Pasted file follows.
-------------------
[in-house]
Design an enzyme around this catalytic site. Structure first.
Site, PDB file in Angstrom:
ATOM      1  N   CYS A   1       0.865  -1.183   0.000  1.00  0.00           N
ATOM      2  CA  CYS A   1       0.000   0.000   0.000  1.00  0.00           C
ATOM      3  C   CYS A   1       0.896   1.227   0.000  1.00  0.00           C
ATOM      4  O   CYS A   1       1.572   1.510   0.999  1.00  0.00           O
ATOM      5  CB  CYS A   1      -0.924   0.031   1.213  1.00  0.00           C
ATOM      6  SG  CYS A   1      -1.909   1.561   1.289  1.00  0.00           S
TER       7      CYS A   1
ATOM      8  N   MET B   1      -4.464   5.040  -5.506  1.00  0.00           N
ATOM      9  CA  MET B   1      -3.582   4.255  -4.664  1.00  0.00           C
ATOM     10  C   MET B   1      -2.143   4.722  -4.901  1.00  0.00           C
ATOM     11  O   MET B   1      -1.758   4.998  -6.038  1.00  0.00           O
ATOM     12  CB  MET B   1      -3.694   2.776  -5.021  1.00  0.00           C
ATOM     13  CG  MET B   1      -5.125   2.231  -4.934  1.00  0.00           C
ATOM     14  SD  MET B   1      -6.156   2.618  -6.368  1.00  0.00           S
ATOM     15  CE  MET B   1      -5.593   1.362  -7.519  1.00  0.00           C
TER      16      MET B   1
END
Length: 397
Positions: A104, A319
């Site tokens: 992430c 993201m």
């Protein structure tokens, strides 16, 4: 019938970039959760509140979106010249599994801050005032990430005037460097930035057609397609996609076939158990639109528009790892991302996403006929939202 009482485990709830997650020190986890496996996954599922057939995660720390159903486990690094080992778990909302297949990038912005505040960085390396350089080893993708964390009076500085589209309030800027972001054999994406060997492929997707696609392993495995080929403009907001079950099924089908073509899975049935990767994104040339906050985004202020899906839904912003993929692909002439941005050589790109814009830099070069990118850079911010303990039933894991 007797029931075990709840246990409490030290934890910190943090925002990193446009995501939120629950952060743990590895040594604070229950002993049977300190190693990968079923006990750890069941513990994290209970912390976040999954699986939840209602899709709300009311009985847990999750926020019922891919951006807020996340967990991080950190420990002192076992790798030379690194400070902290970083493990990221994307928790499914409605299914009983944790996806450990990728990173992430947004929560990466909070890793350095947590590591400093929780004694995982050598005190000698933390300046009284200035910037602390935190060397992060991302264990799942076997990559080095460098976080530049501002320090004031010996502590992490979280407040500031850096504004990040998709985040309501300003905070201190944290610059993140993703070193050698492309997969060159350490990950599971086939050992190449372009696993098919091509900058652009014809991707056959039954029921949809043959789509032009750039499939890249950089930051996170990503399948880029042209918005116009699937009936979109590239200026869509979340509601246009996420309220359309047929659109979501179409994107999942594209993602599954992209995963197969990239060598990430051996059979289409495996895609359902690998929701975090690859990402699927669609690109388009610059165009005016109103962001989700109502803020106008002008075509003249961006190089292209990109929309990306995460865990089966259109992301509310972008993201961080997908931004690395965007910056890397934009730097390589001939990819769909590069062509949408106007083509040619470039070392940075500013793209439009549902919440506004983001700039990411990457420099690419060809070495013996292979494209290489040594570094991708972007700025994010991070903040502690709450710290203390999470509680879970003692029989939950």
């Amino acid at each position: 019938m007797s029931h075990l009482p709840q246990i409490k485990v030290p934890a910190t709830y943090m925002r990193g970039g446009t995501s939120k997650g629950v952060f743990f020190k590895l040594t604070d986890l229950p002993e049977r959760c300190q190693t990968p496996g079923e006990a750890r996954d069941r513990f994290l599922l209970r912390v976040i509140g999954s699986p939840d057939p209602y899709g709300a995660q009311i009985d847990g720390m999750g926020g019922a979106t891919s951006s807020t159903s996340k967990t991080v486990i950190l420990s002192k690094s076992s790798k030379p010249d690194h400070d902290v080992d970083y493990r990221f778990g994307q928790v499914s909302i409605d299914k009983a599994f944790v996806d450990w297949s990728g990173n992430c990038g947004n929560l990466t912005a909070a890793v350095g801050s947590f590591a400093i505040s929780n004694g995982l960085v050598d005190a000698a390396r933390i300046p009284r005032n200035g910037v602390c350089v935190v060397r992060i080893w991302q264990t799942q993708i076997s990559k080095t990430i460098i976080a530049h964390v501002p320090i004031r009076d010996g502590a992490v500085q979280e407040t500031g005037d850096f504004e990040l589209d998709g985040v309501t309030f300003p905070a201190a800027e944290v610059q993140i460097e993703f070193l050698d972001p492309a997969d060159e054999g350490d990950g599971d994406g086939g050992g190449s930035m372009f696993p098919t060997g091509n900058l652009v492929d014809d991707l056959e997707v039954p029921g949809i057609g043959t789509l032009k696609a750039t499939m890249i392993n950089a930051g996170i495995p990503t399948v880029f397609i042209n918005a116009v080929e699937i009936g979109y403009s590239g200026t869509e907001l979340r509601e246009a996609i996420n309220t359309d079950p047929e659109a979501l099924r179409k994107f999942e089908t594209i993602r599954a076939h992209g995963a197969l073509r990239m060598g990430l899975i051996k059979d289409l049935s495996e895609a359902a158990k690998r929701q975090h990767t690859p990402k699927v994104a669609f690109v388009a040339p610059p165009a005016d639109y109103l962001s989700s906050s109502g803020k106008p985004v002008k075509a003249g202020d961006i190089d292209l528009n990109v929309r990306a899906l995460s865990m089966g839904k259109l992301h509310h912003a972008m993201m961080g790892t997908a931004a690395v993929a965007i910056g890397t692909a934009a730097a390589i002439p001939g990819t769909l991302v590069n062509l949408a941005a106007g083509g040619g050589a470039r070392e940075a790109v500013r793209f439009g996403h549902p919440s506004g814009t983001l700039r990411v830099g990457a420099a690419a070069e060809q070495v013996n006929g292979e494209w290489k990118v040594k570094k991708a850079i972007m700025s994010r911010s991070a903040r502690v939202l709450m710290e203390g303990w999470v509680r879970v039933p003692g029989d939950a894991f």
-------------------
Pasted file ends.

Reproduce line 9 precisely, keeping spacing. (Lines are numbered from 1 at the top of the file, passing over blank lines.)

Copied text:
ATOM      6  SG  CYS A   1      -1.909   1.561   1.289  1.00  0.00           S